Long-time employee named in criminal charges


According to an arrest affidavit filed Oct. 16, an employee of Bee Branch Water association has been charged with theft of property and forgery after auditors found $174,161.02 missing from association accounts.

Per the affidavit, the loss was discovered after an audit of association financial records in August. The accounting firm reported it had found where the employee, Virginia Watson, had made out false statements by copying existing statements, which were then paid by forging names on association checks. The auditor showed the process of false statement and payment had been going on since 2014.

Watson’s employment had been, per the affidavit, “terminated” by the association in July 2018.

The affidavit continued that Richard McPhail, Bee Branch Water Association head, had “asked Mrs. Watson directly about the missing monies. Mr. McPhail stated Mrs. Watson never raised her head and stated she knew all about it. Mrs. Watson then stated that it started with a small amount of money that she intended to pay back then it got out of hand to where she could not pay it back.”

It was at this point Watson’s employment was “terminated,” by McPhail, the affidavit continued.

The auditor firm, Conner & Sartain in Conway, provided the sheriff’s department investigator with records of the fraudulent transactions and corresponding bank statements “… where Mrs. Watson wrote herself a check and tried to pass it off as payments to companies.”

A Bee Branch Water Association employee said Watson had been with the Association for 20 years.

The Van Buren County Sheriff’s Department web site showed Watson had been charged and arrested Oct. 19, then bonding out roughly one hour later on a $7,500 bond. Court records show Watson was charged with Felony Theft or Property over $25,000, a Class B Felony, and Felony Forgery II, a Class C Felony.

“To me she stole from everybody who has a water meter,” McPhail said.

Bee Branch Water Association has an estimated 2,000 metered customers, according to a company representative.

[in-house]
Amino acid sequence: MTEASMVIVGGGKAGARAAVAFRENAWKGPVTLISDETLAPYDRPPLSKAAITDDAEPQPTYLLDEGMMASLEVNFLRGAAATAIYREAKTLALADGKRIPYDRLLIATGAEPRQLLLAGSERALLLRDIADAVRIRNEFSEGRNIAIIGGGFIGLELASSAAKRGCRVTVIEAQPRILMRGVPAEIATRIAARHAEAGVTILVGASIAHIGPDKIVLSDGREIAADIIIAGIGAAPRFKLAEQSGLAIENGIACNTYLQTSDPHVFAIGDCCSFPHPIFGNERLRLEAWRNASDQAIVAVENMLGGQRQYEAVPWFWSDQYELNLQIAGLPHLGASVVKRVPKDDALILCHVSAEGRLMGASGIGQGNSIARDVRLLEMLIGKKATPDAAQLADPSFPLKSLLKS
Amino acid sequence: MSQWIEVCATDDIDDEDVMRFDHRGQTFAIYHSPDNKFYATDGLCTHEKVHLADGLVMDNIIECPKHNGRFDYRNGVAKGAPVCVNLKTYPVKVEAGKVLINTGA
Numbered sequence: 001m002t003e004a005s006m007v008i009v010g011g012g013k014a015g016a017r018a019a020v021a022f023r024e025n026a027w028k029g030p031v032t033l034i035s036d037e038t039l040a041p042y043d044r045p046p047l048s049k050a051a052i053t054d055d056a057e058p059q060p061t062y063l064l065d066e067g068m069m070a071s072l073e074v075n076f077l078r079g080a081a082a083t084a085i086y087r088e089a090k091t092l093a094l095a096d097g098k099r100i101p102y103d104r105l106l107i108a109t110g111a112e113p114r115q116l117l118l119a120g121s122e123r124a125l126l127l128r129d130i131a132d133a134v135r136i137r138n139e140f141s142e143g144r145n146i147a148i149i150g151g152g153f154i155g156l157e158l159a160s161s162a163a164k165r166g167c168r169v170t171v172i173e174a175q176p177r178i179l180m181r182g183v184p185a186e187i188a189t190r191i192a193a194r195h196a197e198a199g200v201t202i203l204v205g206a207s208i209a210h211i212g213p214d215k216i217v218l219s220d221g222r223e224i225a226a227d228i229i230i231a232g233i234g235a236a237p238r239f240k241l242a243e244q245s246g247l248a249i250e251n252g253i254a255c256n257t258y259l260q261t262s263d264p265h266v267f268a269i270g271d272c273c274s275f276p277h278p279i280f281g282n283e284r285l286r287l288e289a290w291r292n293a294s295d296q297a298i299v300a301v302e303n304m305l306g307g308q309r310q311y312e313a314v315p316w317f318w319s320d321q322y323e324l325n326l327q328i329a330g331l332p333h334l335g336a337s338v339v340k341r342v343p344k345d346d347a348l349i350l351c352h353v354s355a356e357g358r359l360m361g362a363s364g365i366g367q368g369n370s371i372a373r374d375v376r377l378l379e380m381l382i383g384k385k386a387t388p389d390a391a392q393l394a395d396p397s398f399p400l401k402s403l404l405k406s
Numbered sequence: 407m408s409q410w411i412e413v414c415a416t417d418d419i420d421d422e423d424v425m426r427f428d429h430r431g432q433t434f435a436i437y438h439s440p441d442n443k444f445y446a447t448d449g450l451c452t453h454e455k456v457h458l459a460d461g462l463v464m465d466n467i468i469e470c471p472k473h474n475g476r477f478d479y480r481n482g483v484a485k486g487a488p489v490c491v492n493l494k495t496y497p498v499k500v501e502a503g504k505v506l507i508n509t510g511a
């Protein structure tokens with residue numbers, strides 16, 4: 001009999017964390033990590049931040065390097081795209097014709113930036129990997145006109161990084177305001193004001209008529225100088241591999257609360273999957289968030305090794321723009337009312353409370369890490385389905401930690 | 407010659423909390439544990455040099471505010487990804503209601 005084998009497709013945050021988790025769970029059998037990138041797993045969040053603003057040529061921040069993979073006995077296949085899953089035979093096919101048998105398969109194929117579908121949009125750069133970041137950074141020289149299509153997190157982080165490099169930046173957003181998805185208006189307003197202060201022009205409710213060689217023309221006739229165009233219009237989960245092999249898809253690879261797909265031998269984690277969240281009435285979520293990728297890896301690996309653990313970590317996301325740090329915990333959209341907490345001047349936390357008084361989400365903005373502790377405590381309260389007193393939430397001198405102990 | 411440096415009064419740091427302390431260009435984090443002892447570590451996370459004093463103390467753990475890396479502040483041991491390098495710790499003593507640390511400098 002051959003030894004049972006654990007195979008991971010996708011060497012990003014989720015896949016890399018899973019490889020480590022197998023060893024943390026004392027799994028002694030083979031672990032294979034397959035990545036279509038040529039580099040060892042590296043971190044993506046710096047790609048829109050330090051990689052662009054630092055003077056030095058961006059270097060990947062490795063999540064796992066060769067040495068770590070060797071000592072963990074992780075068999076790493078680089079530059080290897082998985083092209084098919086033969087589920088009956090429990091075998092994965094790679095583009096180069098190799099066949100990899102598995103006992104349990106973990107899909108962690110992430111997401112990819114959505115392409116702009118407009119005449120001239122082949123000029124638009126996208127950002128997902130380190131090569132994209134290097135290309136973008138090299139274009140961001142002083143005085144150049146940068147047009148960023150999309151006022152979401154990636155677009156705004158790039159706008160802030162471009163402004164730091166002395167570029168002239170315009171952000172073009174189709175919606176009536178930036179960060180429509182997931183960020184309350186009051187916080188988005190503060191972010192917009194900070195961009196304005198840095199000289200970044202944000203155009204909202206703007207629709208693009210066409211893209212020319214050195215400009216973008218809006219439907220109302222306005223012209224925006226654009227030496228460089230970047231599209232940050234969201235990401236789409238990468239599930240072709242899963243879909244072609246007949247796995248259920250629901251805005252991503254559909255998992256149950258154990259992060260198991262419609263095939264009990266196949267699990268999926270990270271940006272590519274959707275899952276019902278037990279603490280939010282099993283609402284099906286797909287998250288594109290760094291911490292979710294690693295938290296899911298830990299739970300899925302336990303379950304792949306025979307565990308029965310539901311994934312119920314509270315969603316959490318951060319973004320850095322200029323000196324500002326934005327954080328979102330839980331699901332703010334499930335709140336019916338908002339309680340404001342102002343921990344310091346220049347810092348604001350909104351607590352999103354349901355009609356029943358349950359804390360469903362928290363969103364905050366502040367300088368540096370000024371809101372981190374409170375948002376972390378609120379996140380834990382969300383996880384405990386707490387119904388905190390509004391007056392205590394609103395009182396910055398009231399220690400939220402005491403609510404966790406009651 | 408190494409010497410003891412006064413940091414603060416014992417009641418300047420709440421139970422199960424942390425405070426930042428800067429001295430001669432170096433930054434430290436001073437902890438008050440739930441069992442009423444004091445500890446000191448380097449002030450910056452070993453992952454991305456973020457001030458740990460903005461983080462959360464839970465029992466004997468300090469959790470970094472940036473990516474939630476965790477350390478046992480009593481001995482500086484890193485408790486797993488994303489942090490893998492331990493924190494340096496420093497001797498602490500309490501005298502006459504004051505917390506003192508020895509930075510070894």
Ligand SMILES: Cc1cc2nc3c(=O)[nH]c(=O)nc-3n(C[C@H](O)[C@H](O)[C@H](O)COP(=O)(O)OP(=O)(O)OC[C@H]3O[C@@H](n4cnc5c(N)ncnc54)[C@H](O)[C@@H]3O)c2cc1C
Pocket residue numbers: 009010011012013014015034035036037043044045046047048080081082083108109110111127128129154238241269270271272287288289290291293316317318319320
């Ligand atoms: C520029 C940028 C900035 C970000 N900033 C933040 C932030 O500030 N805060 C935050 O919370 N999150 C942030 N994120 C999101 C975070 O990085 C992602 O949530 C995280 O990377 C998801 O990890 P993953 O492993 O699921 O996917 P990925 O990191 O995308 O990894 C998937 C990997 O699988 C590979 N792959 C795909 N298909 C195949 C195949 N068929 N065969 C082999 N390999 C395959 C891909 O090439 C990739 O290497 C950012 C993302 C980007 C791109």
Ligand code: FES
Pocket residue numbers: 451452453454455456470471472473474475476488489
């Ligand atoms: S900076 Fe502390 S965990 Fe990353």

McPhail expressed frustration in the time lapse between the evidence being turned over to the Prosecutor and Watson’s arrest.

“We didn’t know why it took so long,” McPhail said.

County Prosecutor Chad Brown would not speak to the specifics of the Watson arrest.

Speaking to the typical process is arrests such as this, however, Brown said the prosecutor issues a series of subpoenas for records after the investigation has been turned in to his office by the sheriff’s office. The subpoenas are done prior to issuing the arrest warrant in order to assure records for the court case are in place. The subpoenas would be for records related to a crime and can take time to gather, double-check against existing records, and otherwise used to build the records for the court case, he said.

McPhail said the loss will not impact water service to association customers.

“Customers have nothing to worry about,” he said.

One point which was causing some confusion in the community was customers who thought the association, now that the theft had been reported, had gotten the money back, McPhail said. This is not the case, he said.

“For right now we’re operating where we were,” he said.

Watson’s court appearance, according to court records, is scheduled for early December.

Brown, again being careful not to speak to the specifics of the case, said Watson being out on bond was a decision made by the judge who issued the bond amount.

“We can not punish with bonds,” Brown said.